If you’ve already exhausted your unemployment benefits and are still unemployed, you’re eligible to get any state-provided unemployment payments you were previously receiving for 13 more weeks (this includes people who are self-employed, independent contractors, and gig economy workers). The exact dollar amount you receive will vary by state. To take advantage of this extension, you need to file a claim with the unemployment insurance program in the state where you worked. Depending on the state, claims may be filed in person, online, or by phone.
8. If you own a small business, you can apply for a $10,000 advance through the Economic Injury Disaster Loan (EIDL) program
Companies with fewer than 500 employees can receive a $10,000 cash advance through the EIDL program that does not need to be repaid. You’ll receive the advance within three days of applying, and you can apply here.
You can apply for an EIDL in combination with the Paycheck Protection Program below. The EIDL is a good way to get a $10,000 advance quickly while waiting for a larger loan (like one provided through the Paycheck Protection Program) to be processed. If you apply for the Paycheck Protection Program, you’ll be asked if you received an EIDL. We recommend starting with the EIDL to get $10,000 quickly. If you need help beyond $10,000, we suggest applying for the Paycheck Protection Program as well.
9. If you own a small business, you can apply for a loan through the Paycheck Protection Program
If you own a small business (fewer than 500 employees), you can apply for a loan of up to $10 million. You can determine the amount you’re eligible for by taking the lesser of 2.5x monthly payroll costs (this includes gross wages, employer amounts for group health care benefits and insurance premiums, retirement benefits, and employer-paid state and local taxes) or $10 million. You can calculate payroll costs based on the calendar year 2019 or the last 12 months. Payroll costs exclude federal income tax, Social Security, Medicare, and employee compensation over $100,000 a year. For more information about what the SBA considers to be payroll costs, see the full list here.
If you use the loan on qualified expenses like maintaining payroll or paying your mortgage or rent and you maintain your workforce and salary levels, the loan will be fully forgiven. However, no more than 25% of the loan forgiveness amount may be attributable to non-payroll costs. You’ll need to apply for this program through a U.S. Small Business Administration-approved lender or a regulated lender who has been approved and enrolled in the Program. To begin preparing your application, you can download a copy of the PPP borrower application form to see what information a lender will require.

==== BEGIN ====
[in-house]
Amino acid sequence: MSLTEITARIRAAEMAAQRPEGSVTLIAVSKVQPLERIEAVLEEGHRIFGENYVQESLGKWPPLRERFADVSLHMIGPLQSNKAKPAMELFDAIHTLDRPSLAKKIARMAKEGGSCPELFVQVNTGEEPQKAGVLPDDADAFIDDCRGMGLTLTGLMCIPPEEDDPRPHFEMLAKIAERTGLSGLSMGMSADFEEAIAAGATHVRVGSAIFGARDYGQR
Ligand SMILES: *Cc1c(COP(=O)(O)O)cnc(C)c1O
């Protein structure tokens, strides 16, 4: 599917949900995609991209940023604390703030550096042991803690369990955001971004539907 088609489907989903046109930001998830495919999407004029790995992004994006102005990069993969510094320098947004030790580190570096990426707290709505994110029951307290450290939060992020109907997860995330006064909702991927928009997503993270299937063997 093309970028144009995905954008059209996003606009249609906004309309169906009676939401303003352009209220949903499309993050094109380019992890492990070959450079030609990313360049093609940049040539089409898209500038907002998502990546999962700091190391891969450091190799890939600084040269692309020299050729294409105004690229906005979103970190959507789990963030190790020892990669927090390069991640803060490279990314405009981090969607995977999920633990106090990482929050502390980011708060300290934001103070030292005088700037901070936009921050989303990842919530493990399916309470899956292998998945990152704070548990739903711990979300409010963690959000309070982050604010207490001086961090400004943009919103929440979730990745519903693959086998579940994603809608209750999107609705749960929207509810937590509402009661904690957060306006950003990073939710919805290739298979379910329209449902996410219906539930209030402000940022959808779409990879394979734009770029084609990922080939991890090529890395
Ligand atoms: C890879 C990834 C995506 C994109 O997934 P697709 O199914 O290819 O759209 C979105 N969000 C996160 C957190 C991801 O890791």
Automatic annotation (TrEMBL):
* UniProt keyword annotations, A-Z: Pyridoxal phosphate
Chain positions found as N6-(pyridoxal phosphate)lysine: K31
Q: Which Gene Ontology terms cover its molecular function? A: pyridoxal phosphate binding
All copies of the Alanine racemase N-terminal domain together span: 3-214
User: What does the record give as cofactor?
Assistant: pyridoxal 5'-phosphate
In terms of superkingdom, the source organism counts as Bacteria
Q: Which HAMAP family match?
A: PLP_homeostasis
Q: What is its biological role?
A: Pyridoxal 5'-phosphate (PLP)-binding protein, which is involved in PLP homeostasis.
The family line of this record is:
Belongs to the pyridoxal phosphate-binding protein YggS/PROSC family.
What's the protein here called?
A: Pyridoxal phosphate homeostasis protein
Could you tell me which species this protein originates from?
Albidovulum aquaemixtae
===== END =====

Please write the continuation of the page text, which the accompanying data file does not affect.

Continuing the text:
A final important consideration regarding the Payroll Protection Program is affiliation. The SBA affiliation rules govern which business entities are counted for the purposes of determining size. If businesses are affiliated, their employees or revenues are combined and counted together. Generally speaking, if one business has the power to control another, there is affiliation. The power to control can come about in several different ways. The most common forms of affiliation are ownership and common management, particularly for private equity or venture capital-backed businesses. The affiliation rules applicable to the Payroll Protection Program can be found here.
10. If you own a small business, you might be able to defer paying the employer portion of payroll taxes without paying a penalty
Employers who have not had a loan forgiven under the CARES Act can defer payment of the employer share of the 6.2% Social Security payroll tax otherwise due on employee wages for the period from March 27, 2020 through December 31, 2020. The employer may extend payment of the employment taxes owed for this period over the following two years, with half paid by December 31, 2021 and half paid by December 31, 2022. Similar provisions allow the self-employed to defer payment of the 12.4% self-employment tax otherwise due on self-employment earnings for March 27, 2020 through December 31, 2020. These amounts must also be paid over the following two years, with half paid by the end of 2021 and the other half by the end of 2022.
For more information about the CARES Act and its impact on your taxes, we recommend checking out the IRS website. The U.S. Department of Labor has more information to help you understand the available unemployment benefits. If you’d like additional information about how the CARES Act applies to small businesses, the U.S. Small Business Administration has compiled a list of resources.